In a huge boon for Lilly and Boehringer Ingelheim, US regulators have expanded the scope of diabetes drug Jardiance to include a reduction in the risk of cardiovascular death patients with type II forms of the condition and cardiovascular disease.
According to the Centers for Disease Control and Prevention, death from cardiovascular disease is 70 percent higher in adults with diabetes compared to those without diabetes, and patients with diabetes have a decreased life expectancy driven in large part by premature cardiovascular death.
In a post-marketing study involving more than 7,000 patients ordered by the agency when it first approved Jardiance (empagliflozin) in 2014, the drug was shown to reduce the risk of cardiovascular death by 38 percent when added to standard of care in type II diabetics at high risk of CV events.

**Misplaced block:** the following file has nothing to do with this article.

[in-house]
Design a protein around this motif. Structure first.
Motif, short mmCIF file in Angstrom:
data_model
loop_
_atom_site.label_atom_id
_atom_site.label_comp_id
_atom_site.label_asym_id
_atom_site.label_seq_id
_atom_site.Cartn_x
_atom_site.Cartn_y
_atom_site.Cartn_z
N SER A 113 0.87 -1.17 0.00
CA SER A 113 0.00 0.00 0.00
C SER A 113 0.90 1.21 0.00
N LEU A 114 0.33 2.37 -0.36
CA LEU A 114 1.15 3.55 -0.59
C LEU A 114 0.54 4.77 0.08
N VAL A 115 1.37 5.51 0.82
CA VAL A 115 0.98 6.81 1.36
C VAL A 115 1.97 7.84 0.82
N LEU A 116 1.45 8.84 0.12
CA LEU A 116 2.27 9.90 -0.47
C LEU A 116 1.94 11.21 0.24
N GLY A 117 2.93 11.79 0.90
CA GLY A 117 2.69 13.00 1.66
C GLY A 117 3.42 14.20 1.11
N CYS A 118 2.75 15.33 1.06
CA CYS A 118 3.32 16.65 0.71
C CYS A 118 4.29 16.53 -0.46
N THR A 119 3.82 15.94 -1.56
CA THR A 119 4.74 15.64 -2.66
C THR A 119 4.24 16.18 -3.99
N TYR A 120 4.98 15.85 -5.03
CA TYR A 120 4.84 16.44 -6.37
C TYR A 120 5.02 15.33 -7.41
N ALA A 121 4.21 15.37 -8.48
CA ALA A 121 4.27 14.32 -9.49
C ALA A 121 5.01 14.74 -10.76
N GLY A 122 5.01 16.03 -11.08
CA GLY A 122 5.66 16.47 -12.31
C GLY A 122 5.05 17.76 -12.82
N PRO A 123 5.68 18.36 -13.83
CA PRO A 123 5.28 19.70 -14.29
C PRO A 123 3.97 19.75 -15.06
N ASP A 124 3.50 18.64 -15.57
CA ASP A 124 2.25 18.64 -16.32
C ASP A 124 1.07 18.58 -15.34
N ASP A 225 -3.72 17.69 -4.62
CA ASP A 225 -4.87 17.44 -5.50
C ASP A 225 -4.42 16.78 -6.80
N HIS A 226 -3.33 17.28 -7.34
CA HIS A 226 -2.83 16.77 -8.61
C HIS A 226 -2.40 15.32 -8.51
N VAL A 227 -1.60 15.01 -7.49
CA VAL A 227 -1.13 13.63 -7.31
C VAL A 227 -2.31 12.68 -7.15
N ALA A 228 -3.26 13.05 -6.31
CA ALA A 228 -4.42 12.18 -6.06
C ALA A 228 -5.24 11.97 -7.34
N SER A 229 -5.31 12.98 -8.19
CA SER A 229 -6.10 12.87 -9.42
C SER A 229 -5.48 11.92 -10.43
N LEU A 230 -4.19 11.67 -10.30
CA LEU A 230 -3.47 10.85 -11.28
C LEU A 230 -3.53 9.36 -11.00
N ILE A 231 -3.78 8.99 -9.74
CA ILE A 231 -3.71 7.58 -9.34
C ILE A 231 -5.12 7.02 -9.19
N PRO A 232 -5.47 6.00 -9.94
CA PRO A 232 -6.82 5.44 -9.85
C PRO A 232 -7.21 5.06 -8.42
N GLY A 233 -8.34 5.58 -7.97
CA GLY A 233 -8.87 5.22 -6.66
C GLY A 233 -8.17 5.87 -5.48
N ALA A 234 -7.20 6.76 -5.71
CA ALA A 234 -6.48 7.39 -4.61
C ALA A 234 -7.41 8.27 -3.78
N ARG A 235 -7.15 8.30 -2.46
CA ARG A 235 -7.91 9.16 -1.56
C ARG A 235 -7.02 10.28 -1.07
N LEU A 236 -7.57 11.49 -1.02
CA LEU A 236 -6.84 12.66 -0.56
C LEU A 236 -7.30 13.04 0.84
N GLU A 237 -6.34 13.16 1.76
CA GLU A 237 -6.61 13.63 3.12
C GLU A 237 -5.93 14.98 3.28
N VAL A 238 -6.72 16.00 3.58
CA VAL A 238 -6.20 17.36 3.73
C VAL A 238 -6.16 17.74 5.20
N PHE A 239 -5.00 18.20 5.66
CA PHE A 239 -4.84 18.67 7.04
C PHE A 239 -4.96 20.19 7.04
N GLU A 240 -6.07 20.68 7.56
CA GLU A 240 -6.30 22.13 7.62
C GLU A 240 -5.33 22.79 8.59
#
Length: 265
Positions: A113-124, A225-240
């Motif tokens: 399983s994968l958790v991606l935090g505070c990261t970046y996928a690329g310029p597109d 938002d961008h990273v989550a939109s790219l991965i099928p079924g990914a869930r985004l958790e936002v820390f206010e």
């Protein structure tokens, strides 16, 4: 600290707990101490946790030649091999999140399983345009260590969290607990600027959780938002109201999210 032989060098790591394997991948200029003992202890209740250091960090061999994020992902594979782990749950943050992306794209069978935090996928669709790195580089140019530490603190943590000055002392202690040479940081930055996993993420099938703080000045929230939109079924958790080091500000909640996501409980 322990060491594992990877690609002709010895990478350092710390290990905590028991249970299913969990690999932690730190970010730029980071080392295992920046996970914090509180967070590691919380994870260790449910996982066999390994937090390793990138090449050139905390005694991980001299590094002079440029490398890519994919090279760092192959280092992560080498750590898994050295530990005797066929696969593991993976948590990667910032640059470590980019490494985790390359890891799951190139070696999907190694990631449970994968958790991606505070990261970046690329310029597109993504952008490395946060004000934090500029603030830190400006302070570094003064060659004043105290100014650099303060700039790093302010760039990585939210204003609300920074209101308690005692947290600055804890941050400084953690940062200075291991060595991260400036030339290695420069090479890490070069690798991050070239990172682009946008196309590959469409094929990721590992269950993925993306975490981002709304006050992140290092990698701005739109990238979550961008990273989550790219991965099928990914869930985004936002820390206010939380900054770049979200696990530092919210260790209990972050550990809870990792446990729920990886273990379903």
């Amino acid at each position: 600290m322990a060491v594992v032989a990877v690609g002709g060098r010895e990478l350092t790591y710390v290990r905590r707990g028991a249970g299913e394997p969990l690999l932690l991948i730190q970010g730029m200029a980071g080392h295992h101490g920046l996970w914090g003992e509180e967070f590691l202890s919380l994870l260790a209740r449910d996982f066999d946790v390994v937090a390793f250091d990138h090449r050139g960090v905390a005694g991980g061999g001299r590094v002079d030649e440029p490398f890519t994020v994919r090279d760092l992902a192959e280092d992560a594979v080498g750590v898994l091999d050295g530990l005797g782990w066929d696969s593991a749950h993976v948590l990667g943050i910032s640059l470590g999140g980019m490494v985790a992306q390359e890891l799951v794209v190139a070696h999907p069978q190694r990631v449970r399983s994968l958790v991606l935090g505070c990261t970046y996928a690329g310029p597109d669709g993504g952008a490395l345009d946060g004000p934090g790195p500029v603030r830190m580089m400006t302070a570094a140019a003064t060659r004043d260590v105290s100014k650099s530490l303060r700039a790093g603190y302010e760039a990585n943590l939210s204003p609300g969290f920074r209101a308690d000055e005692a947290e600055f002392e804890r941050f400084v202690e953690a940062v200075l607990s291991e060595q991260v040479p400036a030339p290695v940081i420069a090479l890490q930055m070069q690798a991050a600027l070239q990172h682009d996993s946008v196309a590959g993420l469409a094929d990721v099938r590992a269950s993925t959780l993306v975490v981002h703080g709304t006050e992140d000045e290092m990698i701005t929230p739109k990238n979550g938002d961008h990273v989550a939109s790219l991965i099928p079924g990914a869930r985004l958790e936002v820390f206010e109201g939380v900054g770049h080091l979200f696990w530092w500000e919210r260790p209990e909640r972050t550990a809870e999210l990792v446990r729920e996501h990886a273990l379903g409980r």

The once-daily pill also also reduced the overall risk of having a non-fatal heart attack or stroke or death from cardiovascular causes by 14 percent, while all-cause mortality was slashed 32 percent and hospitalisation for heart failure 35 percent.
"Cardiovascular disease is a leading cause of death in adults with type II diabetes mellitus," said Jean-Marc Guettier, director of the Division of Metabolism and Endocrinology Products in FDA's Center for Drug Evaluation and Research. "Availability of antidiabetes therapies that can help people live longer by reducing the risk of cardiovascular death is an important advance for adults with type II diabetes."
Jardiance belongs to the sodium glucose co-transporter 2 (SGLT2) inhibitor class of medicines, which also includes Johnson & Johnson's Invokana (canagliflozin) and AstraZeneca Forxiga (dapagliflozin).
Boehringer announced earlier this year that it would explore whether Jardiance can also benefits to patients with heart failure, with plans for two outcome trials that will enrol both patients with type II diabetes and those without.